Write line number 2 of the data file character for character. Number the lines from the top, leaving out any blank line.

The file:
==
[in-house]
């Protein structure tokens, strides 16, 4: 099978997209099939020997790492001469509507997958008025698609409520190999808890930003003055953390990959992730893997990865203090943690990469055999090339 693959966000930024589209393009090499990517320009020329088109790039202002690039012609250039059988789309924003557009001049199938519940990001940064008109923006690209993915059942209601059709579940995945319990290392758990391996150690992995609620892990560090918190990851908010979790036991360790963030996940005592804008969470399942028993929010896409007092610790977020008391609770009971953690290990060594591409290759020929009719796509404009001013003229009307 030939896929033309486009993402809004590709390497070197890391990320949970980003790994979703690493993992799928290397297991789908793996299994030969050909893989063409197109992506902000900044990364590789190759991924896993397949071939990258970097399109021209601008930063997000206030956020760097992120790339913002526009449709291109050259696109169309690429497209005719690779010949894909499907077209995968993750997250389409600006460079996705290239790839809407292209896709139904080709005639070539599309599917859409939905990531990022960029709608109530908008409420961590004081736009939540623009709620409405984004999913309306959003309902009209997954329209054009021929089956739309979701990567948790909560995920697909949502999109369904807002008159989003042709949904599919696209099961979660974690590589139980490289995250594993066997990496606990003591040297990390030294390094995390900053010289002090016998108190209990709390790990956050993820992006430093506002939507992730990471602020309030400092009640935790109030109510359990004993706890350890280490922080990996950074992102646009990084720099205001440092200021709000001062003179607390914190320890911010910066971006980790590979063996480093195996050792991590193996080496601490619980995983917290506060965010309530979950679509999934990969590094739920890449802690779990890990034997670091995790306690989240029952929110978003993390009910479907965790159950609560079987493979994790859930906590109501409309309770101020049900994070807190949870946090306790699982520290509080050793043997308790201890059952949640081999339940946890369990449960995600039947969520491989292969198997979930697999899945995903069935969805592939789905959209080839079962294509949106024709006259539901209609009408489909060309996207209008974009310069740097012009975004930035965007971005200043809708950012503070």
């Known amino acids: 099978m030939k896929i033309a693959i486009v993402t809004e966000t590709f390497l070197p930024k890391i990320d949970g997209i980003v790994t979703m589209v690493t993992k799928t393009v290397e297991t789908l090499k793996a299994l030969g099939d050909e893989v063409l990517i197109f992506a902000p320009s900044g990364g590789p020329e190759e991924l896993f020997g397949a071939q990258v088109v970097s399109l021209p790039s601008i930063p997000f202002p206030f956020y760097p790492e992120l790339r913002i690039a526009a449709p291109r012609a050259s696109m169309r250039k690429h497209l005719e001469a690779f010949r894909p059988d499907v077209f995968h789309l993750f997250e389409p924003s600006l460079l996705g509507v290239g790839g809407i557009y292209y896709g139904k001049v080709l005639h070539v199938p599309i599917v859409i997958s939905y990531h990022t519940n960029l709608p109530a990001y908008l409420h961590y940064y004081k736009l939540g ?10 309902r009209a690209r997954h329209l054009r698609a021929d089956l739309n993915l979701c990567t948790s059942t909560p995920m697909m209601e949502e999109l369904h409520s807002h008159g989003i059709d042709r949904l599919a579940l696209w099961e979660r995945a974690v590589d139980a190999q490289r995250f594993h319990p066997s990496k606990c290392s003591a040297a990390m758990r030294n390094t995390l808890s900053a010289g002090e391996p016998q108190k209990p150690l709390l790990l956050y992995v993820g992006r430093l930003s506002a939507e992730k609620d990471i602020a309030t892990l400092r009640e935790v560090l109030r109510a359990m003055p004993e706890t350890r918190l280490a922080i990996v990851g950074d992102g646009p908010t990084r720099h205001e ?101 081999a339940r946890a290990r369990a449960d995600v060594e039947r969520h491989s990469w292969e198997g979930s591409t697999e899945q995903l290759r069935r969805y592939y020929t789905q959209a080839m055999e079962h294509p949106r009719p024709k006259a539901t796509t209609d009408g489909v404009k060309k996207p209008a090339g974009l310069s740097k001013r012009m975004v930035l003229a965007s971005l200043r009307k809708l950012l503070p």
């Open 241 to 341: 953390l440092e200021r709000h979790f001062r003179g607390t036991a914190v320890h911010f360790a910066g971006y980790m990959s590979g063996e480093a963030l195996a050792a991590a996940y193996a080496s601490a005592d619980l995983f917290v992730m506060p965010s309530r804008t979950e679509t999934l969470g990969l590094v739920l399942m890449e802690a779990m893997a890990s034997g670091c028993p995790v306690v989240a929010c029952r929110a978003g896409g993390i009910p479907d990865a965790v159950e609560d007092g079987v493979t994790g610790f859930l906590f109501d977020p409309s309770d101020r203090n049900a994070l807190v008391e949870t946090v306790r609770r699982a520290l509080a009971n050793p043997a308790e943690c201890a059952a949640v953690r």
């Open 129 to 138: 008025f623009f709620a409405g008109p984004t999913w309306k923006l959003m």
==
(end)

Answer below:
């Protein structure tokens, strides 16, 4: 099978997209099939020997790492001469509507997958008025698609409520190999808890930003003055953390990959992730893997990865203090943690990469055999090339 693959966000930024589209393009090499990517320009020329088109790039202002690039012609250039059988789309924003557009001049199938519940990001940064008109923006690209993915059942209601059709579940995945319990290392758990391996150690992995609620892990560090918190990851908010979790036991360790963030996940005592804008969470399942028993929010896409007092610790977020008391609770009971953690290990060594591409290759020929009719796509404009001013003229009307 030939896929033309486009993402809004590709390497070197890391990320949970980003790994979703690493993992799928290397297991789908793996299994030969050909893989063409197109992506902000900044990364590789190759991924896993397949071939990258970097399109021209601008930063997000206030956020760097992120790339913002526009449709291109050259696109169309690429497209005719690779010949894909499907077209995968993750997250389409600006460079996705290239790839809407292209896709139904080709005639070539599309599917859409939905990531990022960029709608109530908008409420961590004081736009939540623009709620409405984004999913309306959003309902009209997954329209054009021929089956739309979701990567948790909560995920697909949502999109369904807002008159989003042709949904599919696209099961979660974690590589139980490289995250594993066997990496606990003591040297990390030294390094995390900053010289002090016998108190209990709390790990956050993820992006430093506002939507992730990471602020309030400092009640935790109030109510359990004993706890350890280490922080990996950074992102646009990084720099205001440092200021709000001062003179607390914190320890911010910066971006980790590979063996480093195996050792991590193996080496601490619980995983917290506060965010309530979950679509999934990969590094739920890449802690779990890990034997670091995790306690989240029952929110978003993390009910479907965790159950609560079987493979994790859930906590109501409309309770101020049900994070807190949870946090306790699982520290509080050793043997308790201890059952949640081999339940946890369990449960995600039947969520491989292969198997979930697999899945995903069935969805592939789905959209080839079962294509949106024709006259539901209609009408489909060309996207209008974009310069740097012009975004930035965007971005200043809708950012503070």